Have you ever experienced being scrutinized when you’re buying a home? It’s normal with the buying process. Of course, the seller wants their home to pass on to someone nicer or way less annoying.
Here are some unwritten rules of house-buying etiquette you can follow to stay on top of the line.
Get pre-approved for a home loan
Getting pre-approved helps you know exactly how much home you can afford before shopping for one. It is the key to win over the seller’s heart. If you don’t know how much you qualify for the loan, you might just be misleading the seller and even their agent. Yes, this is an etiquette issue. “Remember that the seller and agent(s) took time to prepare for the showing. Put yourself in their shoes. How would you feel if someone was looking at your home and they had no idea if they qualified for a mortgage, let alone the price range of your home?” says Cara Ameer, a Realtor® with Coldwell Banker. Let the agent and seller know upfront if you haven’t yet been pre-approved because they might help you get one also.
Why is being punctual so important? Here are some reasons why: It strengthens and reveals your integrity; It shows you are dependable; It assures that you’re at your best; It shows your humility; It shows how your respect for others. If at any instance you’ll be late, call and do not just leave a message. Don’t make a habit of last-minute schedule changes. They have plenty of other clients they could be working with. It will make a bad record not just for you but also to your agent if the seller asked for you to leave the house for the showing.
Remove your shoes
Some people are a bit conscious about wearing shoes inside the house. So whatever “shoe rules” you have in your home, always ask if you should remove them upon entering anyone’s home.
According to Brenda Hayward, a Realtor® with Coldwell Banker, “You may be asked to remove your shoes or even wear surgical booties. Just give it up; no one looks good in surgical booties.”
Don’t bring an entourage
Sometimes, too many opinions can be confusing and overwhelming. And also, having many people add unnecessary time to the property tour. Especially if you bring your little ones in viewing a house, it may mean disaster; unless you could keep them from wandering around the house.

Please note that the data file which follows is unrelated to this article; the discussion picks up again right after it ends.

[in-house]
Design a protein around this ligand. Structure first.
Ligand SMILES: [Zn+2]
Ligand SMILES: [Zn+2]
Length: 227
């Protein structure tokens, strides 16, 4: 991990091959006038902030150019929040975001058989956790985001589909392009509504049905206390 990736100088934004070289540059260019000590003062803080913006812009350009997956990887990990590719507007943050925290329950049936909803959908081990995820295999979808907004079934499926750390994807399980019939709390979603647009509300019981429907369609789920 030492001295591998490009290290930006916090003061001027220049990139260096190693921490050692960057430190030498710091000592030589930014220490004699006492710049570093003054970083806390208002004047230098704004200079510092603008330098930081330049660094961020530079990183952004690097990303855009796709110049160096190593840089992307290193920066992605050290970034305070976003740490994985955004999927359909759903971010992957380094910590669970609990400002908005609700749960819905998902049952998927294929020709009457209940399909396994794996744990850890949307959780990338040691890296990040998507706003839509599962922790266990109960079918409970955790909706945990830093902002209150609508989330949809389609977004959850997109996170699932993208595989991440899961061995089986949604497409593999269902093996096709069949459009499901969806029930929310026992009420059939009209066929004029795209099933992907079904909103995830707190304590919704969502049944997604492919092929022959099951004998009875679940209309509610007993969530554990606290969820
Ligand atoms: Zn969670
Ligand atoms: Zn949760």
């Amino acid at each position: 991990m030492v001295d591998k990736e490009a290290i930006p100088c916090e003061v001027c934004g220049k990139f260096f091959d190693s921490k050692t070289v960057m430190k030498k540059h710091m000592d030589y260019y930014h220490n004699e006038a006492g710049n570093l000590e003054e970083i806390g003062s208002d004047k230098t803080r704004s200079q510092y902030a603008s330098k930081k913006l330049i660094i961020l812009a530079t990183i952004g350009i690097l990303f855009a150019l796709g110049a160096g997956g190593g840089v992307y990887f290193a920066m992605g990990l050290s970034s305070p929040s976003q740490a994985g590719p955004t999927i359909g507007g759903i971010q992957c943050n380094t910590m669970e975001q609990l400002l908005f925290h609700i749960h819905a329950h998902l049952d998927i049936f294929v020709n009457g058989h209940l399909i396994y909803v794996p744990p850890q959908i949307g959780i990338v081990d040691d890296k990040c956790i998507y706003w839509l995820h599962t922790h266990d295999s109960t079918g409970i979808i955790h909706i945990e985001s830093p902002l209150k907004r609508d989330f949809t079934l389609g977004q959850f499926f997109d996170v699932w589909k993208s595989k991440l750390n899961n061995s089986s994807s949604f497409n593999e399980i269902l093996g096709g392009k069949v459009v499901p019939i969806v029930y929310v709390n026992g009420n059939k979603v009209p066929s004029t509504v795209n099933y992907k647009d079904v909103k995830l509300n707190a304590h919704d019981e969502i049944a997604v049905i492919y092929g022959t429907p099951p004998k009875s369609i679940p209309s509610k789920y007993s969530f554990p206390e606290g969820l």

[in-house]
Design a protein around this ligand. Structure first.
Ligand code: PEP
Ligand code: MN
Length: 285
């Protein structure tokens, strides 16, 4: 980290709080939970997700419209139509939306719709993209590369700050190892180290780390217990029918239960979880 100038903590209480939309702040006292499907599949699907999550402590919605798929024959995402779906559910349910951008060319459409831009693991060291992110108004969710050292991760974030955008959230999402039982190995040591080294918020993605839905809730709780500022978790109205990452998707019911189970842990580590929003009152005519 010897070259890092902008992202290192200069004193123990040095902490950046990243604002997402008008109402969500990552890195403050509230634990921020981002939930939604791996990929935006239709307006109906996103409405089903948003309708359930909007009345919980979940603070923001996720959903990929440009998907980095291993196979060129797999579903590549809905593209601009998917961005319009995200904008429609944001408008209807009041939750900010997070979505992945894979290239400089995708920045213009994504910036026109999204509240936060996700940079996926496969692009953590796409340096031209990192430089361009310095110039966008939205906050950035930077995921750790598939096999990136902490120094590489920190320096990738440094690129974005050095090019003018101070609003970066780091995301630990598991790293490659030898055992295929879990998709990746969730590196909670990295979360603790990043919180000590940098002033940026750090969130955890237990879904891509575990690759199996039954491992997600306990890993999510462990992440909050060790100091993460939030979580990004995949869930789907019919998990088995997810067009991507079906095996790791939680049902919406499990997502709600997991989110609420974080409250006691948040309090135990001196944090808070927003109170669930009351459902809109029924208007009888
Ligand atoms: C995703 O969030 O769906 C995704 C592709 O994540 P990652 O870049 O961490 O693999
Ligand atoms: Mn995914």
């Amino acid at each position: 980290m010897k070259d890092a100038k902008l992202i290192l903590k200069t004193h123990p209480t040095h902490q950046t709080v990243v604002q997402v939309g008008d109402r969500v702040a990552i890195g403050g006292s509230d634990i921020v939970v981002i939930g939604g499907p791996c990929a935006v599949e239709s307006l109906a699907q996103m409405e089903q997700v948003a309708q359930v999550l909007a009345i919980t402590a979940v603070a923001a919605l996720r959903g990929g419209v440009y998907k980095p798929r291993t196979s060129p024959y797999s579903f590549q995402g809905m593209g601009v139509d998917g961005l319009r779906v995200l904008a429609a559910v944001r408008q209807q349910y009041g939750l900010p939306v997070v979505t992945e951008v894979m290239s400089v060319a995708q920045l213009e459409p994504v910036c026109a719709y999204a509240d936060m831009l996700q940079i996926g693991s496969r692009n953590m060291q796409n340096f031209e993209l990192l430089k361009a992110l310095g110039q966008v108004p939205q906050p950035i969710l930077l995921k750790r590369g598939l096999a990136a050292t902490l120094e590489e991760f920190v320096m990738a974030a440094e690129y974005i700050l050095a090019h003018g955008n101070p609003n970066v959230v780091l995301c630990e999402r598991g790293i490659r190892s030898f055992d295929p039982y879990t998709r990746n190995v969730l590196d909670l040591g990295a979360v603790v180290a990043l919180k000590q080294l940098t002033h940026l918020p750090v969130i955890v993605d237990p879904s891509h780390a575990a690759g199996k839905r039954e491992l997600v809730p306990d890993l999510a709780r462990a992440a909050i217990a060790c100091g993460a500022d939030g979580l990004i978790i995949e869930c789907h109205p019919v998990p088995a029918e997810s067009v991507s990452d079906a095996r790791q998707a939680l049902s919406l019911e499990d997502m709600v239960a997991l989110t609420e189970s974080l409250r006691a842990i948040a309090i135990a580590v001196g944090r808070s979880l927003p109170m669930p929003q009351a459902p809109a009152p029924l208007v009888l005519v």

Don’t linger too long
There’s no formal rule on how long it should take you to check out a house. Ameer says that it’s typical for the first showing to take at least 15 to a maximum of 30 minutes. Though taking a bit longer is fine, but you should remember that you can always go for a second showing if you’re really interested. But beyond that, well, they might be considered a stalker.
Avoid excessive multiple visits
“One, two, or even three visits are typically acceptable prior to making an offer,” Ameer says. “If you must return more than that, make sure this is a home you are seriously considering.”
It doesn’t only cause inconvenience but it will make the seller extremely concerned, most especially if the buyer is never heard from again. If you’re not familiar with the home buying process, you might be thinking that you’ll never get to see inside the home again before you move in. Remember that you will still have inspections and access to the home again, so don’t waste a seller’s time with too many visits.
Source: realtor.com, artofmanliness.com, bystephanielynn.com, newhomes.move.com, stevewalsh.ca, assertivepeople.org
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